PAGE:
“I believe this dinosaur, the Baryonyx, lived in shallows and near wetlands. It possibly fed on fish, which given its surroundings, would follow. One would hope its preferred diet hasn't changed in the intervening hundred million years. ”
- - Dr. Kajal Dua
Baryonyx is a genus of spinosaurid dinosaur that originated from Early Cretaceous Europe. One of the original dinosaurs bred by InGen on Isla Sorna, Baryonyx would later be exhibited as an attraction in Jurassic World on Isla Nublar.
The Baryonyx becomes available to the Hammond Foundation's operations in the Muertes Archipelago by achieving a level of reputation with the Security Division on Isla Muerta, and can subsequently be found at the Smokejack Clay Pit and Isle of Wight dig sites.
Originating in the early Cretaceous period, InGen bred a total of five Baryonyx specimens at their Site B facility on Isla Sorna, intending them for display at Jurassic Park on the neighbouring Isla Nublar. While an enclosure was prepared for the Baryonyx, no specimens were present on Isla Nublar during the fateful 1993 incident which resulted in the park's abandonment.
During the subsequent abandonment of Isla Sorna during Hurricane Clarissa, InGen released the dinosaurs present on the island to the wild, presumably including the Baryonyx. However, none were encountered during the 1997 or the 2001 incidents on the island.
With the introduction of illegally cloned species such as Ceratosaurus and Spinosaurus in 1999, the biosphere of Isla Sorna began to collapse, and while it is not known if any Baryonyx were shipped to Jurassic World on Isla Nublar, by 2015, a population were exhibited in the Cretaceous Cruise on the island, alongside Suchomimus and a selection of herbivorous species. After Jurassic World was destroyed by the rampaging Indominus rex, the dinosaurs on Nublar were abandoned, and three years later, several Baryonyx were encountered by a group sent to the island to rescue the dinosaurs from the impending eruption of Mount Sibo.
One Baryonyx appeared to have died during the volcanic eruption or managed to escape back outside the sewer tunnel before being carried by a helicopter after it attempted to devour Claire Dearing and Franklin Webb, while at least three others were successfully transported to the mainland. One individual was successfully sold at the auction, but the other two were released into the wild of northern California along with all the other captured dinosaurs.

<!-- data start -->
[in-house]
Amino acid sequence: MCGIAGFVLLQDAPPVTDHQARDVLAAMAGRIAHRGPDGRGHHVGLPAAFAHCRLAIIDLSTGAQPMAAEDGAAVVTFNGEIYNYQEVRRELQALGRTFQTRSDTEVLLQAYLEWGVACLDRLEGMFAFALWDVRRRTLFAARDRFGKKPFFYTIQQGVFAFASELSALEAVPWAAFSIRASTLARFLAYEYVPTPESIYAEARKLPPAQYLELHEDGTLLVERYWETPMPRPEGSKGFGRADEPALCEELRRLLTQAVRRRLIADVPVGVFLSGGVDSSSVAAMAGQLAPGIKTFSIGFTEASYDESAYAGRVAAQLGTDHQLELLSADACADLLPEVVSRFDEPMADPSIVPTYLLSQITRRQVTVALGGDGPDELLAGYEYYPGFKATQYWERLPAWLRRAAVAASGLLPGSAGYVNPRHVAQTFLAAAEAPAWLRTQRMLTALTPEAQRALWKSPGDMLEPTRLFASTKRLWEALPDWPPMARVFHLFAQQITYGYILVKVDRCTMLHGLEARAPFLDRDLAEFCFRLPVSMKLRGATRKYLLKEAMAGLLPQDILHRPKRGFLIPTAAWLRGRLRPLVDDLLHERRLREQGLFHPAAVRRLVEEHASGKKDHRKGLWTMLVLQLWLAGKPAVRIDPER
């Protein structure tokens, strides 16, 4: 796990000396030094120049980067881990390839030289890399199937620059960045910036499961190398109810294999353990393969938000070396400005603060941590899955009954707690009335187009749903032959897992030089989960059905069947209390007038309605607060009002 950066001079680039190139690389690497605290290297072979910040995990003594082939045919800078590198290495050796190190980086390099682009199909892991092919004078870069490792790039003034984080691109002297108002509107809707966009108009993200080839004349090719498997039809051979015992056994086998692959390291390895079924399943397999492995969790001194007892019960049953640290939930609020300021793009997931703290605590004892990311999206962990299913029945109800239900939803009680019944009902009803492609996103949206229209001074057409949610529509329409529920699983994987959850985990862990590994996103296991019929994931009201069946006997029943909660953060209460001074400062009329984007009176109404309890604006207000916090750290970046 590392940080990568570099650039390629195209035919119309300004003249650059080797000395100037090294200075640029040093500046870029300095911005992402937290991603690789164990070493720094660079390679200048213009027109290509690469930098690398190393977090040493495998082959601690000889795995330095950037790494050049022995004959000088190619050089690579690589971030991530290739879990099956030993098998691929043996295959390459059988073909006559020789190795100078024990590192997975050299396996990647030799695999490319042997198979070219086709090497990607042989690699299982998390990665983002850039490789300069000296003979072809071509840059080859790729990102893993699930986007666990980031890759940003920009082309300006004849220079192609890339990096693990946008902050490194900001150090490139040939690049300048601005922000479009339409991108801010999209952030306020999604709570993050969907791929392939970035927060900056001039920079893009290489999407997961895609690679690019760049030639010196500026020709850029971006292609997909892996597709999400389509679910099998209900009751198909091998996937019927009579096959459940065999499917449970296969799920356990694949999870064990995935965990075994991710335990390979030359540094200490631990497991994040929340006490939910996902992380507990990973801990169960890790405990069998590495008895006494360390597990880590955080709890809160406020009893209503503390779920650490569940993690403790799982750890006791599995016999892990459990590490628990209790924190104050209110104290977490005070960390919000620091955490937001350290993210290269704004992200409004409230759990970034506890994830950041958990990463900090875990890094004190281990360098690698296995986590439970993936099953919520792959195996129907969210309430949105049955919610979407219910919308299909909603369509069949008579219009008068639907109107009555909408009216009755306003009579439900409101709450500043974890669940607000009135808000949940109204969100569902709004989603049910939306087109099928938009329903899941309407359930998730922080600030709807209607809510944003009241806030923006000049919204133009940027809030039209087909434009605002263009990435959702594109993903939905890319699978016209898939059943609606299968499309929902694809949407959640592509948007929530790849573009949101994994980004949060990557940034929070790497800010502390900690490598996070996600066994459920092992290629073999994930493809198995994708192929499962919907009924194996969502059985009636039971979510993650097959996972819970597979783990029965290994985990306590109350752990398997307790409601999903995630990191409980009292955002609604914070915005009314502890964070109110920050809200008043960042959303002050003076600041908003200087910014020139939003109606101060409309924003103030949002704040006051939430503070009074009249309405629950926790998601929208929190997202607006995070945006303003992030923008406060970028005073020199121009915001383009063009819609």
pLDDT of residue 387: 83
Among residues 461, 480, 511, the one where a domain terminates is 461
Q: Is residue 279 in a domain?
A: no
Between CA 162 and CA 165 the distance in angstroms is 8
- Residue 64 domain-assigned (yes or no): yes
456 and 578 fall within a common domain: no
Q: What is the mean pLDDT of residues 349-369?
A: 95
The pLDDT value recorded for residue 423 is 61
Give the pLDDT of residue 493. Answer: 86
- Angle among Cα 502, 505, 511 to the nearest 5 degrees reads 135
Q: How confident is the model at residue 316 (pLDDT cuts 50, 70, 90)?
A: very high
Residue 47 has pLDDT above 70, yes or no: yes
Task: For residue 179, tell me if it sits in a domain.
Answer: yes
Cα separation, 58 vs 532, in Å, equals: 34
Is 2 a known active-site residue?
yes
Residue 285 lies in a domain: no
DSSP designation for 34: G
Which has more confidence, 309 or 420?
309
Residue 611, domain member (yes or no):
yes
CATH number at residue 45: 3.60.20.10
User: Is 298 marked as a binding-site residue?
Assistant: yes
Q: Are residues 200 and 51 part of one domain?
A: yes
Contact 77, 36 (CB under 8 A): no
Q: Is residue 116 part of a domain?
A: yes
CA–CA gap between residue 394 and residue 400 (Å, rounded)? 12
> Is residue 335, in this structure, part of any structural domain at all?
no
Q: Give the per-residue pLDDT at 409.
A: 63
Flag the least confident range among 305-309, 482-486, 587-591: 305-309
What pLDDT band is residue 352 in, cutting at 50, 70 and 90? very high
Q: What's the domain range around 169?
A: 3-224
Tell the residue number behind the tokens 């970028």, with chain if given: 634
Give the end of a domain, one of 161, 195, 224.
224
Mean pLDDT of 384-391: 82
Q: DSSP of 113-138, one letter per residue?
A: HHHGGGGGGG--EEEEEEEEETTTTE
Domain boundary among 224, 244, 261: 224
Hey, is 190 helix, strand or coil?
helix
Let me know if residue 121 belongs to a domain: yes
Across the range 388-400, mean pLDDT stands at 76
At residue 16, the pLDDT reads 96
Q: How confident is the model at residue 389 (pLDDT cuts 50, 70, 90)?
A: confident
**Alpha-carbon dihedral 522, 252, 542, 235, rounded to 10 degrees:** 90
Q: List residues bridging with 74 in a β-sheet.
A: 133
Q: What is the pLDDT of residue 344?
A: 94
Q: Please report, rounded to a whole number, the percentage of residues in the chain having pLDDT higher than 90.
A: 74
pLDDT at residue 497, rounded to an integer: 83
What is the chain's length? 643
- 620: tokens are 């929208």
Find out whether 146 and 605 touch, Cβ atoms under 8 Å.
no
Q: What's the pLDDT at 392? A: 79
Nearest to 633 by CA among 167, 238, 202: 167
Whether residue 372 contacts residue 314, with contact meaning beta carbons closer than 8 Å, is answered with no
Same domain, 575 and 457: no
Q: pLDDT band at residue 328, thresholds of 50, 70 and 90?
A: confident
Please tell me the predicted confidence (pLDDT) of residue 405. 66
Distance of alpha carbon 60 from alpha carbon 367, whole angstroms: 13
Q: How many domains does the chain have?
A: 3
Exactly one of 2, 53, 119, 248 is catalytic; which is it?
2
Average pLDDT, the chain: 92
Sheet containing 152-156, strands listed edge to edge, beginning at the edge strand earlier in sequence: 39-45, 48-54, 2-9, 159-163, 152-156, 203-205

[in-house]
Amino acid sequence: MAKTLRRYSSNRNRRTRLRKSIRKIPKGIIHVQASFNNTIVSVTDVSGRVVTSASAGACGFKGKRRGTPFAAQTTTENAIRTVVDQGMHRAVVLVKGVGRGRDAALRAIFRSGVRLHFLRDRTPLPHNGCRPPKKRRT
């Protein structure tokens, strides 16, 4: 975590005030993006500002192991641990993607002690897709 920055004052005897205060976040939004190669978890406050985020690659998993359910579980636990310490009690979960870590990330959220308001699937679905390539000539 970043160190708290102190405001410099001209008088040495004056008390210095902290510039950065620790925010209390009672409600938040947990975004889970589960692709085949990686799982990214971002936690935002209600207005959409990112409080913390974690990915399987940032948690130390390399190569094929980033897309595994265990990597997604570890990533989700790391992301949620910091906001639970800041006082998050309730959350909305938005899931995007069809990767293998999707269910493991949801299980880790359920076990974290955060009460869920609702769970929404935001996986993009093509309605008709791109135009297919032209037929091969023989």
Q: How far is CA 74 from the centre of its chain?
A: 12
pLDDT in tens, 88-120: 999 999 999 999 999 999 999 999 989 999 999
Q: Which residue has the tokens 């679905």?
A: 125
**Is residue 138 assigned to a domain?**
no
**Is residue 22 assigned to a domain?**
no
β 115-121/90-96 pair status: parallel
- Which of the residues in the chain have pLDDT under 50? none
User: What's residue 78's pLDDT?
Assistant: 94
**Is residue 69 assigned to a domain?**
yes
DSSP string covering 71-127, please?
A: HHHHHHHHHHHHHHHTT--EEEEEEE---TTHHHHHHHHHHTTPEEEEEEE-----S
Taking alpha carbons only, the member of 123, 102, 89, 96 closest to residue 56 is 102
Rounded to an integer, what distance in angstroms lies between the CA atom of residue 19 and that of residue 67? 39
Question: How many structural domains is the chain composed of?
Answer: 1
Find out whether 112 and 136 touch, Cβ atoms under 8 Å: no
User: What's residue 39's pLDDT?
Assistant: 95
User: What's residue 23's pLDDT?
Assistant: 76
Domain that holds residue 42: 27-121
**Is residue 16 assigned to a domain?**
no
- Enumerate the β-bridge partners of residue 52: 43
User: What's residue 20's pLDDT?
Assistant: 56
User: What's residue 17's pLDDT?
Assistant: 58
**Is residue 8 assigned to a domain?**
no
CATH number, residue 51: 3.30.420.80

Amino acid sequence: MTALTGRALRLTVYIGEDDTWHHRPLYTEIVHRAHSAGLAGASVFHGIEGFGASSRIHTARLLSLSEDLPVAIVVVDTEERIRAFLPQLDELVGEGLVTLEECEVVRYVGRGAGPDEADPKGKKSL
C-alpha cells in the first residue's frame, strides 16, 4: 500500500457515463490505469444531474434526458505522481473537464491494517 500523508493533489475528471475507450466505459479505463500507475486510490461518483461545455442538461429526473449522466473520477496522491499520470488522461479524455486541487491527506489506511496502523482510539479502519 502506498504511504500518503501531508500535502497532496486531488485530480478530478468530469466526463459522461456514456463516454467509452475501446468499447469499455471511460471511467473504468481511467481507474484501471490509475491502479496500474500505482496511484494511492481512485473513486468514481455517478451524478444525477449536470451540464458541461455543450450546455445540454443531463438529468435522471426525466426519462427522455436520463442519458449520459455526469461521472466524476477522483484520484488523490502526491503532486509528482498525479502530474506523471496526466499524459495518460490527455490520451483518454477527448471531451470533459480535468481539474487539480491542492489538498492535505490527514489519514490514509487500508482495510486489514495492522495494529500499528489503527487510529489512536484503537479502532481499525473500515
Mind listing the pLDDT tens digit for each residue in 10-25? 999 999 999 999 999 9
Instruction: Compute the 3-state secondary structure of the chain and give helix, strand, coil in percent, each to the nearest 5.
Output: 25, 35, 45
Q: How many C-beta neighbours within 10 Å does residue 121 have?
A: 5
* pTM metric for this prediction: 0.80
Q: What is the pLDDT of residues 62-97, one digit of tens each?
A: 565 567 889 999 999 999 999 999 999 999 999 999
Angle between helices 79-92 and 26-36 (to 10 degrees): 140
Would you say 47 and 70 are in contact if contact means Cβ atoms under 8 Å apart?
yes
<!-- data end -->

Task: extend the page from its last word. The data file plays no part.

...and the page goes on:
Baryonyx was discovered in 1983 by the British fossil hunter William J. Walker in a clay pit in Surrey. Three years later, a complete skeleton of the dinosaur was found on the Isle of Wight, along with many other remains, thus making Baryonyx one of the best known carnivorous dinosaurs found in Europe. Other fossils unearthed suggests that this dinosaur also lived in Spain. Baryonyx, much like other spinosaurids such as Suchomimus, had narrow jaws with sharp teeth. The Stomach contents have yielded fish scales along with Iguanodon contents.
Baryonyx lived alongside a rich variety of sauropods, armoured dinosaurs such as Polacanthus, ornithopods such as Hypsilophodon, Iguanodon, Mantellisaurus and Valdosaurus, the tyrannosaurid Eotyrannus and the smaller carnivore Neovenator.
Baryonyx was a large spinosaurid dinosaur. The true adult size of this animal is unknown as the found specimen is a subadult. Its name means 'Heavy Claw', based on the animals very large claw on its first finger.
Fossil evidence shows both fish scales and juvenile Iguanodon bones in the stomach region, suggesting that Baryonyx was a very capable predator.
An almost complete specimen was discovered in 1983 in Surrey, England. Subsequent teeth and bones have been found on the Isle of Wight, and in areas of Spain and Portugal.
With skull and jaw features similar to modern day slim-snouted crocodilians such as orinoco crocodile; australian fresh water crocodile; false gharials & gharials. Baryonyx would likely have spent much of the day around lakes, lagoons and river deltas as an opportunistic predator.
- Baryonyx was intended to be in Jurassic Park Operation Genesis, but was ultimately scrapped due to time constraints.
- The base genome of the Baryonyx is based on its appearance in Jurassic World: Fallen Kingdom, and was released as part of a free update tie-in to the movie.
- Like its movie counterpart, Baryonyx is inaccurate due to having a crocodilian-like back and crocodilian-like underbelly, a long, but broad snout that makes it look like a caiman, a less pronounced notch in the upper jaw, lacks the triangular crest on the top of its nasal bones, and pronated wrists like all of InGen's cloned theropods. However, it takes more after its real-life counterpart, including a longer thumb claw and cone-shaped teeth.
- It has been confirmed that the Jurassic World website Baryonyx is just a painting. Prior to Jurassic World: Fallen Kingdom, it was unknown what the Baryonyx in the park actually looked like.
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